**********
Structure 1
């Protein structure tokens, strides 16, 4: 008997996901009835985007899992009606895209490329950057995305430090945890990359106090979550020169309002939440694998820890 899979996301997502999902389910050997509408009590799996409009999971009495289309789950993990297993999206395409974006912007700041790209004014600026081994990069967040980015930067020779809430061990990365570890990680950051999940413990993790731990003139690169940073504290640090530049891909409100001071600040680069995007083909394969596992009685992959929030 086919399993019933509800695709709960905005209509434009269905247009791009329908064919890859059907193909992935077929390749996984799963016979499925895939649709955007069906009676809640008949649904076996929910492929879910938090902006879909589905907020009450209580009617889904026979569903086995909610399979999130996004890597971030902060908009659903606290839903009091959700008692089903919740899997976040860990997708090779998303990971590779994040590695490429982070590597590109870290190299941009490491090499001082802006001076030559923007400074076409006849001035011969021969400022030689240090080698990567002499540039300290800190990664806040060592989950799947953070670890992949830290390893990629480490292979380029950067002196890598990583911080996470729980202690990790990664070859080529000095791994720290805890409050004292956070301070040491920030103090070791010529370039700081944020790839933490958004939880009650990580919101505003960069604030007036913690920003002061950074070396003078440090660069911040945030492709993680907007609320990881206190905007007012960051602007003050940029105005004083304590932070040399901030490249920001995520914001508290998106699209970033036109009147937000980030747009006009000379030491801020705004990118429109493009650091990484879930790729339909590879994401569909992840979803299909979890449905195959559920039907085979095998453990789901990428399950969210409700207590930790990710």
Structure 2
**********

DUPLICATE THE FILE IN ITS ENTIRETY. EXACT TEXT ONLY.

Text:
Structure 1
């Protein structure tokens, strides 16, 4: 008997996901009835985007899992009606895209490329950057995305430090945890990359106090979550020169309002939440694998820890 899979996301997502999902389910050997509408009590799996409009999971009495289309789950993990297993999206395409974006912007700041790209004014600026081994990069967040980015930067020779809430061990990365570890990680950051999940413990993790731990003139690169940073504290640090530049891909409100001071600040680069995007083909394969596992009685992959929030 086919399993019933509800695709709960905005209509434009269905247009791009329908064919890859059907193909992935077929390749996984799963016979499925895939649709955007069906009676809640008949649904076996929910492929879910938090902006879909589905907020009450209580009617889904026979569903086995909610399979999130996004890597971030902060908009659903606290839903009091959700008692089903919740899997976040860990997708090779998303990971590779994040590695490429982070590597590109870290190299941009490491090499001082802006001076030559923007400074076409006849001035011969021969400022030689240090080698990567002499540039300290800190990664806040060592989950799947953070670890992949830290390893990629480490292979380029950067002196890598990583911080996470729980202690990790990664070859080529000095791994720290805890409050004292956070301070040491920030103090070791010529370039700081944020790839933490958004939880009650990580919101505003960069604030007036913690920003002061950074070396003078440090660069911040945030492709993680907007609320990881206190905007007012960051602007003050940029105005004083304590932070040399901030490249920001995520914001508290998106699209970033036109009147937000980030747009006009000379030491801020705004990118429109493009650091990484879930790729339909590879994401569909992840979803299909979890449905195959559920039907085979095998453990789901990428399950969210409700207590930790990710």
Structure 2